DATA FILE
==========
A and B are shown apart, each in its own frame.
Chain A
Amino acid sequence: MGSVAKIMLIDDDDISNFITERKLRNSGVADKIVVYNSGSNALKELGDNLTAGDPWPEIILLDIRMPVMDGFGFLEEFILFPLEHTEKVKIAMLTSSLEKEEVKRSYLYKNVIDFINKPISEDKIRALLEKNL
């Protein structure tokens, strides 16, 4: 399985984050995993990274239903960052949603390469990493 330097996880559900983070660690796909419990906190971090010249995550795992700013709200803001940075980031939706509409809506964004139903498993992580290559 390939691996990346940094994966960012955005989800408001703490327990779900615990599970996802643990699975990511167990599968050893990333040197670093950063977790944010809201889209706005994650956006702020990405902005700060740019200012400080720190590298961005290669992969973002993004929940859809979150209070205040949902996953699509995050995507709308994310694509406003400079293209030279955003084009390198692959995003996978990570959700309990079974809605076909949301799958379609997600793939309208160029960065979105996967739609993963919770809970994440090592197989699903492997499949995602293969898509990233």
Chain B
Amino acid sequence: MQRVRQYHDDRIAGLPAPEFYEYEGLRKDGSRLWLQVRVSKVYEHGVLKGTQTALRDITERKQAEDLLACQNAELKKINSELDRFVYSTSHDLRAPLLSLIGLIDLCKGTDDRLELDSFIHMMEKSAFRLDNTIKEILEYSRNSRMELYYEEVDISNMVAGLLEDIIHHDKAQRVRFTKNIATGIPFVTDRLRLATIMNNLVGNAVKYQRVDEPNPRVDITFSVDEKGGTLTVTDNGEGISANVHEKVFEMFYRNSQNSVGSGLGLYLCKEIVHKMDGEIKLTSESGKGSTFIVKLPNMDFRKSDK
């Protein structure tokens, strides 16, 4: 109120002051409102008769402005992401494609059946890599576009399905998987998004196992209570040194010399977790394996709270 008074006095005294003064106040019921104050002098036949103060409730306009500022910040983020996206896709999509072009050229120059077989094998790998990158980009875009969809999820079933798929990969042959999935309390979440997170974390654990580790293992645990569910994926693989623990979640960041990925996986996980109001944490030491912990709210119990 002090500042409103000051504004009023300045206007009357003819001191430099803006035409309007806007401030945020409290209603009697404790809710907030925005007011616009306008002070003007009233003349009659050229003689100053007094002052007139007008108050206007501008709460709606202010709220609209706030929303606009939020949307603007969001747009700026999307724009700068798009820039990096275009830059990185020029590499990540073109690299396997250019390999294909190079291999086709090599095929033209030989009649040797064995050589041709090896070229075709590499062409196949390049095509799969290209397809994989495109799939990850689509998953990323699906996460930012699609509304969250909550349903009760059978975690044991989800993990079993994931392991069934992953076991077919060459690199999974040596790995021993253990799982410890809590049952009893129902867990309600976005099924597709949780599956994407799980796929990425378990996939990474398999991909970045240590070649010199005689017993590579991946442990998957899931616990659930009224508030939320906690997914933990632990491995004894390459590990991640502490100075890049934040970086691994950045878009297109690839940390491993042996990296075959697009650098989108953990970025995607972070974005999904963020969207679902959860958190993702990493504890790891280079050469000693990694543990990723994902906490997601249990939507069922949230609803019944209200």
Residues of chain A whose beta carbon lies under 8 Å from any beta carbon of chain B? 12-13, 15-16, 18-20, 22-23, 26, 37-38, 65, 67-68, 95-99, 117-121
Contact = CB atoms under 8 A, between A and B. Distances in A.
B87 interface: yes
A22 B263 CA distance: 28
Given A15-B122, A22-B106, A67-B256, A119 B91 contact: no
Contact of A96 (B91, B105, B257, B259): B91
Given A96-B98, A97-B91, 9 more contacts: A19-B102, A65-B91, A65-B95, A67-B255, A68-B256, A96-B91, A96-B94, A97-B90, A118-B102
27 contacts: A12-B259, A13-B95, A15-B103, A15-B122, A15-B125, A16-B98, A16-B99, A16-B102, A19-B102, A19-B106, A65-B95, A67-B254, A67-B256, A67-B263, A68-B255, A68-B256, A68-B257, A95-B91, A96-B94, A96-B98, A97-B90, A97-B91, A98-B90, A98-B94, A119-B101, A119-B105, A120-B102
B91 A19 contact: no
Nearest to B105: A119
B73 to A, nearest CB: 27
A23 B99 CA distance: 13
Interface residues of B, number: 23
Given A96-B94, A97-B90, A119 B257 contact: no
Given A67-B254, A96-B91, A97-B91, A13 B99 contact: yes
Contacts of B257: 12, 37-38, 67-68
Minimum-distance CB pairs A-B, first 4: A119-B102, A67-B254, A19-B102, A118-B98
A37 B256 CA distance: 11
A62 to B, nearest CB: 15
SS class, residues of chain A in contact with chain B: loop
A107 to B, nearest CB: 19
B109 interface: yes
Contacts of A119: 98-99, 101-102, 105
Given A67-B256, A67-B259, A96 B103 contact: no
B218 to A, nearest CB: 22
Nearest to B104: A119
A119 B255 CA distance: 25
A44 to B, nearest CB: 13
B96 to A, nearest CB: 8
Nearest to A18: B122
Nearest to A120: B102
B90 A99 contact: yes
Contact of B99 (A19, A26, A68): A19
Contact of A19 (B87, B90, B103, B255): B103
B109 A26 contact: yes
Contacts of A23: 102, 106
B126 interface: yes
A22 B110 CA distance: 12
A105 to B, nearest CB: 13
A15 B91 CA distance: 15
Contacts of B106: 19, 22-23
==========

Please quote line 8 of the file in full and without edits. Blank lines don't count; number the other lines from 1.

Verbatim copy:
Residues of chain A whose beta carbon lies under 8 Å from any beta carbon of chain B? 12-13, 15-16, 18-20, 22-23, 26, 37-38, 65, 67-68, 95-99, 117-121